Idea: Little Computer People For Pokitto


#21

I like the idea of loft and lounge better the more I think about it to be honest.


#22

@BigBadHodad don’t you want to try to program this? When I think about it, a project with interacting agents could be a learner-friendly project.

You’d simply start by drawing the house on the screen – super simple. There would be no camera movement (or maybe only extremely simple vertical movement), that’s already a win. Then you’d proceed to draw placeholder people in that house. You could skip input/output handling altogether at this stage, because the persons would be doing stuff autonomously – another huge win (IO handling in my view adds a lot of friction and bloat, it’s sooo much simpler without it). Then you’d start animating them, make them move across the floors, use doors, say things – these are all more or less independent functionalities that wouldn’t make the code complex. Each action would be one method of the person class. Every day you could add one action. Only at the end of the project you could add some IO, menus, sound and eye candies.


#23

I’d love to but I have no confidence because I know nothing lol. If I had a coach then possibly.


#24

At worst you’ll end up with some kind of Pokitto screensaver/demo/proof of concept and learning a thing or two, so nothing to lose I guess :wink: I’ll be here to help, as well as others on this forum. @Pharap always helps people get the code written, as seen above.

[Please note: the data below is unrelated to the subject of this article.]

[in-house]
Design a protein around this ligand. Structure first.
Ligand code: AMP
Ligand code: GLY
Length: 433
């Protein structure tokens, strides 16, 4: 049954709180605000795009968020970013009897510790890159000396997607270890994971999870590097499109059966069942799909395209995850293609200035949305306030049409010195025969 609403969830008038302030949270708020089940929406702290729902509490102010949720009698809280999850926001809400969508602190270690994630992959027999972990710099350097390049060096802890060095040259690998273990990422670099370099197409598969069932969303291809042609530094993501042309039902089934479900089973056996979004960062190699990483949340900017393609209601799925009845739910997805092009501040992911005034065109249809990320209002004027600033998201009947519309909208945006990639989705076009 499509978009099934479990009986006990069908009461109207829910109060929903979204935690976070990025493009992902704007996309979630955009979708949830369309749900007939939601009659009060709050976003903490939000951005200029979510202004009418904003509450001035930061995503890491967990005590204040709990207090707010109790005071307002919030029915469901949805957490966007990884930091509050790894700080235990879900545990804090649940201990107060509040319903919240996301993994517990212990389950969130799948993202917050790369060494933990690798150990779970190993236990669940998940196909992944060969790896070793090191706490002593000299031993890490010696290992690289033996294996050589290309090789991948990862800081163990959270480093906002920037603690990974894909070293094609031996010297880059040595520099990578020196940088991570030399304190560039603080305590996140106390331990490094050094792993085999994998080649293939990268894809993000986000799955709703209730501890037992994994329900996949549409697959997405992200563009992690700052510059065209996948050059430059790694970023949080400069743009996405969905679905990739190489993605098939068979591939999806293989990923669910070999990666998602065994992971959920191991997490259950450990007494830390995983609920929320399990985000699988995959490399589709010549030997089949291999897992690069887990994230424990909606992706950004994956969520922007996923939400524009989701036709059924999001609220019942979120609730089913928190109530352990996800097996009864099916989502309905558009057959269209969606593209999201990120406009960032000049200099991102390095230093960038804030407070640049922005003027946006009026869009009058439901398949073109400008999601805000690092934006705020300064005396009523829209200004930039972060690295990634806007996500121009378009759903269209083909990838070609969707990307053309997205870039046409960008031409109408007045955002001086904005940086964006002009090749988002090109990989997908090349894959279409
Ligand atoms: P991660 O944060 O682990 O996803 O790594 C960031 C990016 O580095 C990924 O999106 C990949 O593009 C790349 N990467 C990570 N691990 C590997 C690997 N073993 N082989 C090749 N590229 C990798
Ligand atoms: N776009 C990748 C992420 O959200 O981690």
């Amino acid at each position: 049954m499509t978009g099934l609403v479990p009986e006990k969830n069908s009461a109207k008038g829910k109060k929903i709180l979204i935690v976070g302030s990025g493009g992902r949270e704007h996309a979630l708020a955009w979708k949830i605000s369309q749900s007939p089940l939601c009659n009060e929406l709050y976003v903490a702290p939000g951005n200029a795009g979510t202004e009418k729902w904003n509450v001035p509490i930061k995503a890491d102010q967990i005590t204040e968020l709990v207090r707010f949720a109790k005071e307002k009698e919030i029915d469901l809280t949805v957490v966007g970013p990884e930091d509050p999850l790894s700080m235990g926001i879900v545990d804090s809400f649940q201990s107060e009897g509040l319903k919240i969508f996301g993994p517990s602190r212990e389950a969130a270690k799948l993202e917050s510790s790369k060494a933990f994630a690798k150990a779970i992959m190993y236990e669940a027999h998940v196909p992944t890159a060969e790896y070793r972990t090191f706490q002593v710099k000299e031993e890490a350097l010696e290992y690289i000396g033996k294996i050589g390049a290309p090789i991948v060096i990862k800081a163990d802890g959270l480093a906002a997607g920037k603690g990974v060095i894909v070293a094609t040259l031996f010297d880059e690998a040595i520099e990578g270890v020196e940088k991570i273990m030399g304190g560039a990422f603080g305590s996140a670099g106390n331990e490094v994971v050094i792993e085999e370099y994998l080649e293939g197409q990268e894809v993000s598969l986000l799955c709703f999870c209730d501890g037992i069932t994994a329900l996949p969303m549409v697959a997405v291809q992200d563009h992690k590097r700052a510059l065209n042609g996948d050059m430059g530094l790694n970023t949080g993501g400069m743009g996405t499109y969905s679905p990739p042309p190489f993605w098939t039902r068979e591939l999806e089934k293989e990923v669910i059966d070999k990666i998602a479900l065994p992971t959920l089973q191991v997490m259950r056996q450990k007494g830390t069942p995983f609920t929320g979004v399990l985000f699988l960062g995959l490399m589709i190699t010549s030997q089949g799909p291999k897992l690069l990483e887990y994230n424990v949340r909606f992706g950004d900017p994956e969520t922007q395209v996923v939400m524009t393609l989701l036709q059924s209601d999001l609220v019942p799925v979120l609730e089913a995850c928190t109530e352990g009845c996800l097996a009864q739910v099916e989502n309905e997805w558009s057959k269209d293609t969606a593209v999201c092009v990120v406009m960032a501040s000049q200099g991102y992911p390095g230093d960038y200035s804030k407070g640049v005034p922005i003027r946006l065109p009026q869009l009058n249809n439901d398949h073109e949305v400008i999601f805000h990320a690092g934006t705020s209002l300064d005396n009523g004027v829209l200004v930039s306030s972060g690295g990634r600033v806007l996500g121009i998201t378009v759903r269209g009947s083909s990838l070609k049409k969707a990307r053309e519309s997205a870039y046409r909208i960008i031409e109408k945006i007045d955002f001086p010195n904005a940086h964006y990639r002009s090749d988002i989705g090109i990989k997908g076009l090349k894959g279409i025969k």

#25

Cool thank you, I need to make the “house” next,


#26

hmm I need to find another solution, when I try to make the “House” in piskel it works fine till I zoom in to make the rooms and it loses the rest of the image

I try to make it in photoshop and no dice, it won’t give me the clean lines I need it keeps making them that blurry line thing photoshop does now.

piskel works but when I zoom in it loses everything no in frame


#27

pokittohouse

the house so far.


#28

Reminds me my younger daughter’s doll house. Good job so far!


#29

pokittohouse2

im not sure how to make the record player look, and it still needs a computer in the top floor green areapokittohouse4

Still need to add a phone, and bookshelves in computer office and bottom floor by the chair.

I’d honestly like to see what it looked like on a pokitto to see what I can do to improve it, I may have to go for the flat look in the zx spectrum version to make it look right on pokitto


#30

As an added bonus, they’re shorter so they use a bit less screen space :P

I’d swap the kitchen and the lounge though, usually stairs and front doors are nearer the lounge.

+1 for ‘spiders’

Honestly I wouldn’t call the AI part ‘beginner friendly’, state machines and decision trees are both relatively complicated.

I think the programming side of this would be beyond what @BigBadHodad is capable of at the moment.
I think he’d need to start smaller for his first project.
Like maybe attempting that minigame idea again.

It depends how you handle it.

If you abstract it away with some sort of command system then you only need to put the input in one area and you can forget about it the rest of the time - instead you end up writing your code to respond to requests to perform particular actions.